I’m pleased to share a guest post by Luis Melo CCXP, author of DoctorCX.org.
Technology can manifest itself, or come to life, in a myriad of ways. But when it comes to businesses and their customers, technology often refers to software applications i.e. computer programs designed and programmed to help end-users perform certain activities.
For many decades, a Customer Relationship Management system (or CRM) has been used to store customer demographic information, as well as manage customer transactions. Its focus has been on a business’ need to manage internal processes.
In recent years, with the rise of customer experience (CX), there has been a need for a technology that enables businesses to hold not only customer demographic information, but more importantly customer psychographic data. And that enables businesses not only to manage customer transactions, but more importantly customer engagements and interactions*.
Many business leaders still think that technology can, in isolation, deliver improvements in CX. Time and time again reality has proven that not to be the case. That said, technology as an enabler for reach, efficiency, effectiveness, or consistency has become indispensable for businesses to deliver a positive experience.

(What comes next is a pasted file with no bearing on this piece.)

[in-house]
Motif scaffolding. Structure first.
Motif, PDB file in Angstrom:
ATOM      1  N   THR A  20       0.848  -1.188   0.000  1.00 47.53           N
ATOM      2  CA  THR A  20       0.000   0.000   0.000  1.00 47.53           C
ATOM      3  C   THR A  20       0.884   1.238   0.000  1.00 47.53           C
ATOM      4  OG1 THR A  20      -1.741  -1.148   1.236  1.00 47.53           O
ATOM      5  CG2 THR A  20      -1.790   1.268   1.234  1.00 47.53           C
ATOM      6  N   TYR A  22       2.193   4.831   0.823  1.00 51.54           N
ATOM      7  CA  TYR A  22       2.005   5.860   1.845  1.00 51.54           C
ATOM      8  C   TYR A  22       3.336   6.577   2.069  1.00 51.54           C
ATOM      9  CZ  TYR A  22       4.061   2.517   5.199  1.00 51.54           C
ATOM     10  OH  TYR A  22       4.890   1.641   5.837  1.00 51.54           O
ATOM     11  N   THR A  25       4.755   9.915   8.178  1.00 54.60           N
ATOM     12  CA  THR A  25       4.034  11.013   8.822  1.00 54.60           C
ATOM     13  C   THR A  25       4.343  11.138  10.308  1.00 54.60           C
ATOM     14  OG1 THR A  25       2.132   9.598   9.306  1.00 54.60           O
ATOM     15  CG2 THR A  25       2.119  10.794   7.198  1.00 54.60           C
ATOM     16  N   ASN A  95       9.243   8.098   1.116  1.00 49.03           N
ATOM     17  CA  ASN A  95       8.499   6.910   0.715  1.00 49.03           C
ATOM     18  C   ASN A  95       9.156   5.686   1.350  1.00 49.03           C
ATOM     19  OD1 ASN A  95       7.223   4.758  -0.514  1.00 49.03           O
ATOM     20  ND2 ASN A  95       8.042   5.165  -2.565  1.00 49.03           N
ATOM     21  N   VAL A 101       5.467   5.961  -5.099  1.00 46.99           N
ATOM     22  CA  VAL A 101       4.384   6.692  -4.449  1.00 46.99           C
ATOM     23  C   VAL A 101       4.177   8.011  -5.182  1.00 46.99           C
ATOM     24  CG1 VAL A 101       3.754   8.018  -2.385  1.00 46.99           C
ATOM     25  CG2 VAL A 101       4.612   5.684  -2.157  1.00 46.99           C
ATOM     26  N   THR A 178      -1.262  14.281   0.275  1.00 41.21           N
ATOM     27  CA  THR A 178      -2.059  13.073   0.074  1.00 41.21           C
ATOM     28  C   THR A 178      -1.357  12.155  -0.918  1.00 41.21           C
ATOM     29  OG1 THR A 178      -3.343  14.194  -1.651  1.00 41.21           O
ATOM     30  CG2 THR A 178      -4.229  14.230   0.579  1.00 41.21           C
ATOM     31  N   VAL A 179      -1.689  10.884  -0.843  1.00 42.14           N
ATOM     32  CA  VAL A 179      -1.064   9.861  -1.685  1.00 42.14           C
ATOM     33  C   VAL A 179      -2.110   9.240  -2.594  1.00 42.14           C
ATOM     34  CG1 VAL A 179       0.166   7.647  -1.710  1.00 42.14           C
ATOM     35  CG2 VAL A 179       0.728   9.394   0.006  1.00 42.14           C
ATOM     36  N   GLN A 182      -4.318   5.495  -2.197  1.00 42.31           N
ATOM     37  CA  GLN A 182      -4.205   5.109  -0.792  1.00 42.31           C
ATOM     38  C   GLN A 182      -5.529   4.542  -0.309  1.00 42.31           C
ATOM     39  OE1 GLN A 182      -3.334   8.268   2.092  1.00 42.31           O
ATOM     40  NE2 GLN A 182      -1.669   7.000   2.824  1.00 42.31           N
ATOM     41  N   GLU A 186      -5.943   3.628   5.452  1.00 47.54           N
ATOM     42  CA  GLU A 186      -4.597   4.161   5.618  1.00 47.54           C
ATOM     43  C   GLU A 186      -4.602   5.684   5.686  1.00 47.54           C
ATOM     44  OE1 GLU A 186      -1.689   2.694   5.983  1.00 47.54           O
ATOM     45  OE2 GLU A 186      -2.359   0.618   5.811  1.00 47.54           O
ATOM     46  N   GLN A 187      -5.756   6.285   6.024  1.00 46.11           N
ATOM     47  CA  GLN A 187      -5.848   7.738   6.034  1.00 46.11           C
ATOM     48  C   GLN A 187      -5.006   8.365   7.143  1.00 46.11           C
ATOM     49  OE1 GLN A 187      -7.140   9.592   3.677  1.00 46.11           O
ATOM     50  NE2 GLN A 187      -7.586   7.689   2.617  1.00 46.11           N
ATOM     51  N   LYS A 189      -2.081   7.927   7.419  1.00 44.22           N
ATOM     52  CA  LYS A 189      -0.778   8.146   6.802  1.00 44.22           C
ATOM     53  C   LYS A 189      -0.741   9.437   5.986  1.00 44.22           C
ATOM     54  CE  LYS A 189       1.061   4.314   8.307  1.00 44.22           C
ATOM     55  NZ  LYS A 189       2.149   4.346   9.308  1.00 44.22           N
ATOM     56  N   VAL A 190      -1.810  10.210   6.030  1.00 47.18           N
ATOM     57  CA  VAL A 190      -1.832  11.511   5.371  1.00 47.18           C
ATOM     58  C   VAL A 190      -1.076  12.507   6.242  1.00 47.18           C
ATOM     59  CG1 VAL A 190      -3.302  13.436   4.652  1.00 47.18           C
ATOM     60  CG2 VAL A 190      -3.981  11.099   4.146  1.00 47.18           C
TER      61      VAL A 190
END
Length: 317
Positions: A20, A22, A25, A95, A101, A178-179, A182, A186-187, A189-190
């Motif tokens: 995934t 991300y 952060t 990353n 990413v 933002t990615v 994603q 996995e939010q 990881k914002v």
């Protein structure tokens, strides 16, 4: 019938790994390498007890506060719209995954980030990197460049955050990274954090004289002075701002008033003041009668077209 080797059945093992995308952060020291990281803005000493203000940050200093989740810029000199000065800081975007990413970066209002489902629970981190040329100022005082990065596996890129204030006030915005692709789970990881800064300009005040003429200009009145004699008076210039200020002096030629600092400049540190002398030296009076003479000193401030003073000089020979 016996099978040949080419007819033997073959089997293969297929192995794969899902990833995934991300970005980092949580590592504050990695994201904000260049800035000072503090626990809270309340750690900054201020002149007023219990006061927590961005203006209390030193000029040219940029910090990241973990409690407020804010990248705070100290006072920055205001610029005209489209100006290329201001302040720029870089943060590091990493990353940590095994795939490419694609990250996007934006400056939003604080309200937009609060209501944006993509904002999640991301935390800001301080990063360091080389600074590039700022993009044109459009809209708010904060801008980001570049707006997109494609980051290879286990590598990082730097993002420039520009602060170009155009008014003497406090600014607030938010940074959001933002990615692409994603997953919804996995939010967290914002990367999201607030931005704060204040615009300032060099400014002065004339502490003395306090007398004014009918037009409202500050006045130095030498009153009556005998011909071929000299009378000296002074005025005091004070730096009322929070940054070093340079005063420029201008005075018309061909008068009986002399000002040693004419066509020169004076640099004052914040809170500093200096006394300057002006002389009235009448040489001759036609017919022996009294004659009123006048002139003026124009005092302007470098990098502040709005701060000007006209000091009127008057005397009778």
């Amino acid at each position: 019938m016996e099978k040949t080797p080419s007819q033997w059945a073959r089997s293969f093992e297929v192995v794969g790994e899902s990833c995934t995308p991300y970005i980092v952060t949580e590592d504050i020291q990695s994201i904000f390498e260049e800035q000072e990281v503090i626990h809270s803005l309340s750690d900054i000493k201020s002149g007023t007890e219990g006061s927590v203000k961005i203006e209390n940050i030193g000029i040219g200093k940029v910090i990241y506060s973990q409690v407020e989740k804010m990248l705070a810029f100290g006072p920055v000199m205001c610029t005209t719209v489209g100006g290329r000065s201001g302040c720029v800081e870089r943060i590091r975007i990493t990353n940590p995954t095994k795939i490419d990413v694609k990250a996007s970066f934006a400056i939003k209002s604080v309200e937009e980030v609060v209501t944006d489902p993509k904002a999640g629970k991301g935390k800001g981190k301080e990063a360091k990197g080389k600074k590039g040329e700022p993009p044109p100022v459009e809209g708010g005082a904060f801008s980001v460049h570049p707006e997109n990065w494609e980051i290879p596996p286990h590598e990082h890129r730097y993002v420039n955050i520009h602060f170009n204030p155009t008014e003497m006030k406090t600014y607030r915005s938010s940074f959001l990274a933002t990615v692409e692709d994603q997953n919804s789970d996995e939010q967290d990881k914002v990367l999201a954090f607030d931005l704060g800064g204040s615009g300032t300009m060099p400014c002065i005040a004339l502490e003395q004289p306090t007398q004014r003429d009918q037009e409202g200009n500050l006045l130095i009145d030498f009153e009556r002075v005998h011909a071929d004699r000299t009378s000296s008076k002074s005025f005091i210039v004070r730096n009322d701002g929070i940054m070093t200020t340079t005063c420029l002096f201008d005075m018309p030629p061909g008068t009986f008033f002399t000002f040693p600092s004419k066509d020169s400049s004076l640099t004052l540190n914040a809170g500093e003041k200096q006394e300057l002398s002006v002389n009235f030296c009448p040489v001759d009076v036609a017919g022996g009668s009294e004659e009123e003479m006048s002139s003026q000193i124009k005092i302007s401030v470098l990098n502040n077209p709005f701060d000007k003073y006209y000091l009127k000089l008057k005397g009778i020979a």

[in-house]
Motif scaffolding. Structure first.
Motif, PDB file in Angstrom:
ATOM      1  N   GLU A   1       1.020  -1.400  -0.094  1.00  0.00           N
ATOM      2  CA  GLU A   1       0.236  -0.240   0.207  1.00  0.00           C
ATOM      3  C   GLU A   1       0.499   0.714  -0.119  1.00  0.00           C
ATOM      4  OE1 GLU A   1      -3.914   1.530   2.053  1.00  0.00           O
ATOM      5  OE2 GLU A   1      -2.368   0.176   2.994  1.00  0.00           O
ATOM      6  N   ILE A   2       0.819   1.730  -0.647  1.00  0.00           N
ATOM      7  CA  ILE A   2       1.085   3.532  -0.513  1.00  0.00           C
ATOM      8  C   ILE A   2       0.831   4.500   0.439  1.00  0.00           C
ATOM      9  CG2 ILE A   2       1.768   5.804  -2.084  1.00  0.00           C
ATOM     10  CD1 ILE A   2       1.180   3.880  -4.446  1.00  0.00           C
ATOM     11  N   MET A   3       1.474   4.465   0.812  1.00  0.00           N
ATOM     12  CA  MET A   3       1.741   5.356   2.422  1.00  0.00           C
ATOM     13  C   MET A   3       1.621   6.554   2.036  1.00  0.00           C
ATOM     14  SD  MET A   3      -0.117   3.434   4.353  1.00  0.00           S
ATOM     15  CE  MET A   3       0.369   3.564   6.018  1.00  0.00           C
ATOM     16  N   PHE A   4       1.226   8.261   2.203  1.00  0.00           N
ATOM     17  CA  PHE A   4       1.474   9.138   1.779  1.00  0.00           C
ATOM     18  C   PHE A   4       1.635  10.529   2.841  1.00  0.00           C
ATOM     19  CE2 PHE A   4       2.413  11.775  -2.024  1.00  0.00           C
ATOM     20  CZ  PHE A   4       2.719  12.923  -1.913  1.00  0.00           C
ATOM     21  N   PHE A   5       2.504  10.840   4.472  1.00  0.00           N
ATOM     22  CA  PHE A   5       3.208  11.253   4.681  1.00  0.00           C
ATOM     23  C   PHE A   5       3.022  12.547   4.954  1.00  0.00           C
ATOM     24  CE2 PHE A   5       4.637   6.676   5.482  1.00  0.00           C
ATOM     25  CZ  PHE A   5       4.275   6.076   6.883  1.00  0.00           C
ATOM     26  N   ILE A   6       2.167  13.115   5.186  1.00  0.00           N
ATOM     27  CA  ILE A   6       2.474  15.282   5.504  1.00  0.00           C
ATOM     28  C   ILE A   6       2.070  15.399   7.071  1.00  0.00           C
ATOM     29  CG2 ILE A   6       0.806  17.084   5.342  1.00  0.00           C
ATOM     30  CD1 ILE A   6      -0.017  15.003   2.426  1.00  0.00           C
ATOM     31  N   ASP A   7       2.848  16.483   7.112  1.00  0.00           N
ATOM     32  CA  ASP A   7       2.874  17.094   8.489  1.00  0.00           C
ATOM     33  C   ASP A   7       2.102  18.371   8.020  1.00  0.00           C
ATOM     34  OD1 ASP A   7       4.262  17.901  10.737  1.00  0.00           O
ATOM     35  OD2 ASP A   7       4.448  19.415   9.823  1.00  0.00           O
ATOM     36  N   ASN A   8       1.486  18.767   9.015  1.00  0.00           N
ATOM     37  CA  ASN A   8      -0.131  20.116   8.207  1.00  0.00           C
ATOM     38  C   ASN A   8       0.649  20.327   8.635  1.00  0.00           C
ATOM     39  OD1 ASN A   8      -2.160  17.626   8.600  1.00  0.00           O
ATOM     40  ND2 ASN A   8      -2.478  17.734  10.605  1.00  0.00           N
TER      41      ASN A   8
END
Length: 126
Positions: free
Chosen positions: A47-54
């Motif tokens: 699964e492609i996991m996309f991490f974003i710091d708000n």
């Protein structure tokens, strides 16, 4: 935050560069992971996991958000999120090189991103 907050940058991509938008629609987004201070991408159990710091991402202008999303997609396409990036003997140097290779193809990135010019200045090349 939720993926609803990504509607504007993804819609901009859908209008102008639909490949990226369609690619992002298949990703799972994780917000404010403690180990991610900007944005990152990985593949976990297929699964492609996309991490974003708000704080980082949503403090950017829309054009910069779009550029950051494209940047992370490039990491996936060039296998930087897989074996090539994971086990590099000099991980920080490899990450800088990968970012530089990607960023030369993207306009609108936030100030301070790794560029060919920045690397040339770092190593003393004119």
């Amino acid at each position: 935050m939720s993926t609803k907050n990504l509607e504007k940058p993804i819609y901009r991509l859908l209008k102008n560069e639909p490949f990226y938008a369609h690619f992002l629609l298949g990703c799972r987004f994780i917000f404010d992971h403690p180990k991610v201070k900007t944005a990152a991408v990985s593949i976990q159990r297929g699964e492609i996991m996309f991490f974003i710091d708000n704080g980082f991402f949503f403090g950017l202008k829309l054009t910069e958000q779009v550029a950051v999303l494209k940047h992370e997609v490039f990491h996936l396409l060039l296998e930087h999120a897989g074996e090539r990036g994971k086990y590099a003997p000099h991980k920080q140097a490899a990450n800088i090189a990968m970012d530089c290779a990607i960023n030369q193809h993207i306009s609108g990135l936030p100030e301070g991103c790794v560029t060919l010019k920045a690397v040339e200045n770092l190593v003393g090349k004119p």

When it comes to technology enabling CX, successful businesses subscribe, align, implement and deploy:
Both technology platforms should be intrinsically linked and interface, in near-real time if possible. On one hand, so that the experience management platform can have the non-solicited feedback that comes from customer engagements, and merge it with the solicited feedback, for analysis and action planning. On the other hand, so that the customer engagement platform can have the feelings and perception that comes from customer feedback, and display it to the employee interacting with the customer for empathy and personalisation.
Side note: These are definitely not the only two technology platforms needed for a business to succeed. But because they are the ones touching or facing the customer, and managing their experience, are definitely the ones that are key to delivering a positive customer experience.
* By interaction I mean customers communicating with employees of the business (e.g. phoning a customer service agent; meeting a sale representative). By engagement I mean a customer doing something with the company (e.g. purchasing a product online; watching a TV advert; browsing the website).
I'm pleased to share a guest post by Luis Melo CCXP, author of DoctorCX.org. Technology can manifest itself, or
Image courtesy of Unsplash. A good friend of mine in the CX community is Jeremy Watkin. We met over
Image courtesy of Unsplash Today's post is a collaboration with Annette Franz, CCXP. Starting in mid-March this year, in